Finally, before you descend, enjoy the fruits of your labor. Or, rather, an artificial sweet. Walk through smoking (and maybe a bit smelly) vapors, climb into active craters (check with your guide first to see if they're safe) and find a naturally-heated hole for a marshmallow-roasting feast. (Again: BYO.) Who needs a campfire when a centuries-old active volcano will warm up your fluffy treat au naturale?
3. Shop, Shop, Shop 'Til You Drop in Chichicastenango
Fans of the old afternoon (or entire day) of shopping should bring extra carry-on bags as there's no shortage of locally-made goods to gather in Guat for a fraction of the price, and most of them can be bought directly from the source at the twice weekly market in Chichicastenango.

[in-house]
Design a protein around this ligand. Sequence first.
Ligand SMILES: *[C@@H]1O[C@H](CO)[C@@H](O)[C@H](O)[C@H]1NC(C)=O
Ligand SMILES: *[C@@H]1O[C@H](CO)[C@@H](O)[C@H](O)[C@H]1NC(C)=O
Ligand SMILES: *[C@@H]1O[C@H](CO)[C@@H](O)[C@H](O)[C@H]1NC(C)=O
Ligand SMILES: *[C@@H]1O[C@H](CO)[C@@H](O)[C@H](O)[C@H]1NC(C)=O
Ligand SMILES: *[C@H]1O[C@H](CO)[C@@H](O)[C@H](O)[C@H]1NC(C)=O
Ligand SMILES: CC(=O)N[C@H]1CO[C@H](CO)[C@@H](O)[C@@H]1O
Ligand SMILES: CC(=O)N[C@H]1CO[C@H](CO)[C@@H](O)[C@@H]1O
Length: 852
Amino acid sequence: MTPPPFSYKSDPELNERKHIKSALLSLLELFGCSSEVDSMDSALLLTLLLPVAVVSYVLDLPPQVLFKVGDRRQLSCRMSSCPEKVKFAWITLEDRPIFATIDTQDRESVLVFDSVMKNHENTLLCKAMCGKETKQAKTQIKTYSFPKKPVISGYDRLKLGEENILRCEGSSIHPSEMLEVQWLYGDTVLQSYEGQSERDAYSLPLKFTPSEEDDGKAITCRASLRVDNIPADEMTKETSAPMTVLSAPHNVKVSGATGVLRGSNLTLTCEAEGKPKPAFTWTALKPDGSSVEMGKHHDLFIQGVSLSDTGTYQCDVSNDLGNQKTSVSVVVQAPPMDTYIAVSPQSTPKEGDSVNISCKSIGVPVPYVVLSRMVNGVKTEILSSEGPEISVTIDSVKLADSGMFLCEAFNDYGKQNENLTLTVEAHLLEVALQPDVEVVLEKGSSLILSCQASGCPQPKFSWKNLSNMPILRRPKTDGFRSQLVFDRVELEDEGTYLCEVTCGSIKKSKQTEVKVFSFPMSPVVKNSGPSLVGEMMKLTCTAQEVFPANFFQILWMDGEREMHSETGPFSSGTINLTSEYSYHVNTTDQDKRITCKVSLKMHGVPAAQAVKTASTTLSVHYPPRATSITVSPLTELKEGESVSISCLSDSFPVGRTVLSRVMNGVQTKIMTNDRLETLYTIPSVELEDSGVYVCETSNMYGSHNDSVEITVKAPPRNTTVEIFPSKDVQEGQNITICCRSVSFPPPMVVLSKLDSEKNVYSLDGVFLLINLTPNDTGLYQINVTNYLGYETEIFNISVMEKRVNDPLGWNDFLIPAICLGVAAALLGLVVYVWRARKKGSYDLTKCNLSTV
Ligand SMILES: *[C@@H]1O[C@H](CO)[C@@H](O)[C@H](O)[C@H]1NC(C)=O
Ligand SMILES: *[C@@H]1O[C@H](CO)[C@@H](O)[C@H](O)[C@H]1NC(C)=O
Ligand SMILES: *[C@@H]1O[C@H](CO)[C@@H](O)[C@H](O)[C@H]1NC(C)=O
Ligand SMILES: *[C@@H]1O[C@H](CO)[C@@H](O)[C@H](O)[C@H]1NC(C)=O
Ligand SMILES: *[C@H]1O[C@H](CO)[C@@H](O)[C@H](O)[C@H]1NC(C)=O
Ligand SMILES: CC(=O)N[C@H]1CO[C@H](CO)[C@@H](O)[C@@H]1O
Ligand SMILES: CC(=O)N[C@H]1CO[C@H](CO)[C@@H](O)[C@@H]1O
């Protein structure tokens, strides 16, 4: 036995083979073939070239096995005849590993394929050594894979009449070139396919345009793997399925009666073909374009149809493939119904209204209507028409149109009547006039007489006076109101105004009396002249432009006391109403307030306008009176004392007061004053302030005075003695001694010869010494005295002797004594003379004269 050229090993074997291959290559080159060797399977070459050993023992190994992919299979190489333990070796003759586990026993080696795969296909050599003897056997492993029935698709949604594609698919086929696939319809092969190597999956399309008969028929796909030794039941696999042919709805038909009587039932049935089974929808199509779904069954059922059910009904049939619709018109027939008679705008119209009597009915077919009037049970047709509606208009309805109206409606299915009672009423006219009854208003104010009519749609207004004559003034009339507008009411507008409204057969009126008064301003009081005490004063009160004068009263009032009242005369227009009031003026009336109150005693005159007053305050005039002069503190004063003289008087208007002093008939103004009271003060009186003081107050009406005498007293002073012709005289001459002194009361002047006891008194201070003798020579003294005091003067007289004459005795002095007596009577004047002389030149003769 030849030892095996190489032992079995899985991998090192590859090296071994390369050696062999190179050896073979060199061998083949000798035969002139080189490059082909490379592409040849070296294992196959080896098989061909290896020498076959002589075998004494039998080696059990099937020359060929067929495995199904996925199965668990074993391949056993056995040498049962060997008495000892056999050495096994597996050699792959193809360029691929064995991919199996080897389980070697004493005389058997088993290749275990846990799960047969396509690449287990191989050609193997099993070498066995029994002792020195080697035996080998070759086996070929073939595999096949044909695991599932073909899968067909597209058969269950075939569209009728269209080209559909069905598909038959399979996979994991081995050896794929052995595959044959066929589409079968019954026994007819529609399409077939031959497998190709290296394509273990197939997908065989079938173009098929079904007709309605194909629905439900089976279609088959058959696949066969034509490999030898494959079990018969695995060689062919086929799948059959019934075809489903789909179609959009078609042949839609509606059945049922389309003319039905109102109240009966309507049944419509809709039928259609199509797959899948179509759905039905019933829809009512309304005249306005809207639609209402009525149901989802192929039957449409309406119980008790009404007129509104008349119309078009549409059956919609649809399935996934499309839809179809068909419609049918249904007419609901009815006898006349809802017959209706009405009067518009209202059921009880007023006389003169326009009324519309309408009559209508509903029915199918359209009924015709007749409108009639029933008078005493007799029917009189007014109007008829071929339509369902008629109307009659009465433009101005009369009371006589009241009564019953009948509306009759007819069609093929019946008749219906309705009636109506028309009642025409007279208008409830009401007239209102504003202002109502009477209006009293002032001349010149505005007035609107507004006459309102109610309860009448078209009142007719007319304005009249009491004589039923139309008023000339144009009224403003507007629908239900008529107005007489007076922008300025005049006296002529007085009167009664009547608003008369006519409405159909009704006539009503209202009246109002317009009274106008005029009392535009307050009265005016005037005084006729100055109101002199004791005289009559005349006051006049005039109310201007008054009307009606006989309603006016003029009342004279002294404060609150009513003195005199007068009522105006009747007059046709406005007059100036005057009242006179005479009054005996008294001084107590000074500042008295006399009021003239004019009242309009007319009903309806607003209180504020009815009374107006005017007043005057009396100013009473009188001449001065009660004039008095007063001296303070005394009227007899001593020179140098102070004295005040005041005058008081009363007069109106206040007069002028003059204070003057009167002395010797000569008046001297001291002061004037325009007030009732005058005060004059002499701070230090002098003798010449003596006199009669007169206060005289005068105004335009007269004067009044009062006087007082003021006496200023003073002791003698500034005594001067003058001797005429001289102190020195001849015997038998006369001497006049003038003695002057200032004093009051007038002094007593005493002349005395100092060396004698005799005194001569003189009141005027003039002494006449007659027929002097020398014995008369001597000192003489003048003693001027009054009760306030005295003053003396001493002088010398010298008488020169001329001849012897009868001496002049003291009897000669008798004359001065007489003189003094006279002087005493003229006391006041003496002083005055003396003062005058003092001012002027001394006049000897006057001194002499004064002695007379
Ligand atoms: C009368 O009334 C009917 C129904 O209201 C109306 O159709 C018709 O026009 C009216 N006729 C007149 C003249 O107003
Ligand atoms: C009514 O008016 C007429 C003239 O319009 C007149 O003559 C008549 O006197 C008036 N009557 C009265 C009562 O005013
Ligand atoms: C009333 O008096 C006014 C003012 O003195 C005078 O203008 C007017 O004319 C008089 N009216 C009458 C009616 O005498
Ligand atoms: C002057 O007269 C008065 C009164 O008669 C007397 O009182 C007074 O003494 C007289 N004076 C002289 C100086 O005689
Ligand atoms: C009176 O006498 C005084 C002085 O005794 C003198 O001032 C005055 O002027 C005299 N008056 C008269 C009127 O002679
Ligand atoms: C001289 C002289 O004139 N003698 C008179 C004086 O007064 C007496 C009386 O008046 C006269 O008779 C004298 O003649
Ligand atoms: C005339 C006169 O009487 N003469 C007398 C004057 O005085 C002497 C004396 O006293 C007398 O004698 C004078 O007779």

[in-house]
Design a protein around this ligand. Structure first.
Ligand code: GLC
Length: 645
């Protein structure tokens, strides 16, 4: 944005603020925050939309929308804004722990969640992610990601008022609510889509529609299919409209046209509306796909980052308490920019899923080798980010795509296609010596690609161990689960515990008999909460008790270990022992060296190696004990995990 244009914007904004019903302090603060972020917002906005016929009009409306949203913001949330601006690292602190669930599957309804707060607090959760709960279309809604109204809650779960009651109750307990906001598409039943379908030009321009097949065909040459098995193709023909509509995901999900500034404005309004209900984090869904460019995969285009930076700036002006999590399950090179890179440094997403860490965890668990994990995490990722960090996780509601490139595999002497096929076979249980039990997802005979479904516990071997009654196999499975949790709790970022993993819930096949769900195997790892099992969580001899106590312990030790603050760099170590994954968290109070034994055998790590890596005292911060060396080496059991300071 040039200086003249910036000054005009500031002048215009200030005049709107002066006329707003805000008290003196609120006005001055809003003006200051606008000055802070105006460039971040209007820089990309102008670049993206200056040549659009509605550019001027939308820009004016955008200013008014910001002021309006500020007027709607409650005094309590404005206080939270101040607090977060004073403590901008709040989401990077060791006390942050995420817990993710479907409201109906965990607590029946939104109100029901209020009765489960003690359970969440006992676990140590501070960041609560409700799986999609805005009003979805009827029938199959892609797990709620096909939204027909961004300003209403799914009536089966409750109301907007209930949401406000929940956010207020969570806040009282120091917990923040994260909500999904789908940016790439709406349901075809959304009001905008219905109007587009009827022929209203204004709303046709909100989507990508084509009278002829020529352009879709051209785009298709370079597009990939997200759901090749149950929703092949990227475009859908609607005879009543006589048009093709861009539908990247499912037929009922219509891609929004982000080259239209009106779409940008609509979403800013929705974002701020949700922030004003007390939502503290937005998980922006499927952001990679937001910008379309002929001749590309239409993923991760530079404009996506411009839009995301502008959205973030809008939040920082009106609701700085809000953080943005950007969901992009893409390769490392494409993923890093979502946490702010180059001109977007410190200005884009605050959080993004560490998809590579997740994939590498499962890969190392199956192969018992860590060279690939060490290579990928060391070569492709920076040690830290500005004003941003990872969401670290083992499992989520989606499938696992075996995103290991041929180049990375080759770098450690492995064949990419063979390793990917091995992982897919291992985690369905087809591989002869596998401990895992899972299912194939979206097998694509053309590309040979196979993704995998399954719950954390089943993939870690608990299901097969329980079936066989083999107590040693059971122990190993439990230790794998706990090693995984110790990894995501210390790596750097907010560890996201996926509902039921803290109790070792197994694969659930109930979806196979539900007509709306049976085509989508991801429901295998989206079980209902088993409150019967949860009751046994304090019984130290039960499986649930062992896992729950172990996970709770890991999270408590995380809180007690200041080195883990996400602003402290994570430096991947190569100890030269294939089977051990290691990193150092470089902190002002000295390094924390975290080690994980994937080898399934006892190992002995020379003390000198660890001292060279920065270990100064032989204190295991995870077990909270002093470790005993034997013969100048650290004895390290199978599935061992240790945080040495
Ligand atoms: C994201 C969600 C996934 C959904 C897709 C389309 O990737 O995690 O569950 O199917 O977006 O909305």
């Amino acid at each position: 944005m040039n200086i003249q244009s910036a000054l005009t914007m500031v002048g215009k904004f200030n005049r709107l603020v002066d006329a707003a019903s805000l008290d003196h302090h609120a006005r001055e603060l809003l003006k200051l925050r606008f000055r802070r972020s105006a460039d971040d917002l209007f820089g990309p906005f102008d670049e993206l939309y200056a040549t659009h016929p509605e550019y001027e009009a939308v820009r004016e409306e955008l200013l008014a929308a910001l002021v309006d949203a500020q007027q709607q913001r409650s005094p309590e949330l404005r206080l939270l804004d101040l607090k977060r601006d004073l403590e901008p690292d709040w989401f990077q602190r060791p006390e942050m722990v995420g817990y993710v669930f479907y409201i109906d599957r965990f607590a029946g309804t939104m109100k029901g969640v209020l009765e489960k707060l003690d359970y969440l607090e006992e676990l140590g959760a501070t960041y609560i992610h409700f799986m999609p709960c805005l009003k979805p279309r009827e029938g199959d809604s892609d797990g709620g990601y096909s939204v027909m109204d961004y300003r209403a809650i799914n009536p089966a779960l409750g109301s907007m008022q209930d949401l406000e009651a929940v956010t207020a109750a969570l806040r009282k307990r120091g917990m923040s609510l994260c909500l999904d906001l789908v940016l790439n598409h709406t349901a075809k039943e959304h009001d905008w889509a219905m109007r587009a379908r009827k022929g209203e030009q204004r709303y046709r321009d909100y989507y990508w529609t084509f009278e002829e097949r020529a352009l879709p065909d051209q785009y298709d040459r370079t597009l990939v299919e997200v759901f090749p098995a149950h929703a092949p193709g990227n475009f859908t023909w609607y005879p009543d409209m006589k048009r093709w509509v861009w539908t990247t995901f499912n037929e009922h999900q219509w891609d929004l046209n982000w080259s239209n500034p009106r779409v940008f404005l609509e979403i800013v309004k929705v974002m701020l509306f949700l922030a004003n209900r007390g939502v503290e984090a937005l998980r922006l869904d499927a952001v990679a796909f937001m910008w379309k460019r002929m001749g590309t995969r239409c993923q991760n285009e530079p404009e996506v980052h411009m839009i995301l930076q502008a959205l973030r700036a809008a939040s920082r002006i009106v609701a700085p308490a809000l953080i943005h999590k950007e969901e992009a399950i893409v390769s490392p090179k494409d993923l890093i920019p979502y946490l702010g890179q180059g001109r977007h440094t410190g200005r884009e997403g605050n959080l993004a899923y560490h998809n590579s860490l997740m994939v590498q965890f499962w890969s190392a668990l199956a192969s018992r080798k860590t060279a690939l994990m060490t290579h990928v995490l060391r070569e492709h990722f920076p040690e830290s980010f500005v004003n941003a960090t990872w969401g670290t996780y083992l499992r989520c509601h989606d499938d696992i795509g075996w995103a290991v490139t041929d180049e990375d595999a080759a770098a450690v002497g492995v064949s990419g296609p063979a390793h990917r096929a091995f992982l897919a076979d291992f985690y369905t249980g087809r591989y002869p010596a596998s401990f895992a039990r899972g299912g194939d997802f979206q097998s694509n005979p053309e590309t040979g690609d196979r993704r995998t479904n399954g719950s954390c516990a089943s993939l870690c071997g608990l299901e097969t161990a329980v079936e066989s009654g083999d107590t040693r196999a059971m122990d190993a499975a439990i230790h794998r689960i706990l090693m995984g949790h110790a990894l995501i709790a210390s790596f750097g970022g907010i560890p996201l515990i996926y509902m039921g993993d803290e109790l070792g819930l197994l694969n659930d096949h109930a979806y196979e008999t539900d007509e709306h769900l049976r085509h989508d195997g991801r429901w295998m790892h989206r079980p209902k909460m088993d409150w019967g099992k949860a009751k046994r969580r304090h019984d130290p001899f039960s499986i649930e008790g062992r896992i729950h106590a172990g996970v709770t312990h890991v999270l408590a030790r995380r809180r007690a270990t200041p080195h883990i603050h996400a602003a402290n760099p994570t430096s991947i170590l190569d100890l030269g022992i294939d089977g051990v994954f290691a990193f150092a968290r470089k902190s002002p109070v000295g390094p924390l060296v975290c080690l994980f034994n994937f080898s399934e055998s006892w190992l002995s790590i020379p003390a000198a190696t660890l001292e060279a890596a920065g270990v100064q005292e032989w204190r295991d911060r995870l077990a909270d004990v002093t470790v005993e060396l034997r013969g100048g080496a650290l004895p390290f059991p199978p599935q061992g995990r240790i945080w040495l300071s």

Located in the western Highlands and easily accessible as a day trip (via bus) from Atitlan or Antigua, this all-day affair attracts both locals and international travelers. Get there early if you're looking to do some serious shopping; the aisles upon aisles of painted pottery, beaded bracelets, and woven placemats are bound to leave you overwhelmed. Like any major city bazaar, a lot of the sellers carry similar items (for different prices), but remarkably no two look alike! Each treasured textile varies just slightly from its neighbor next door where, yes, you can try to haggle for a better price. (And bring cash. Very few, if any, swipe plastic.)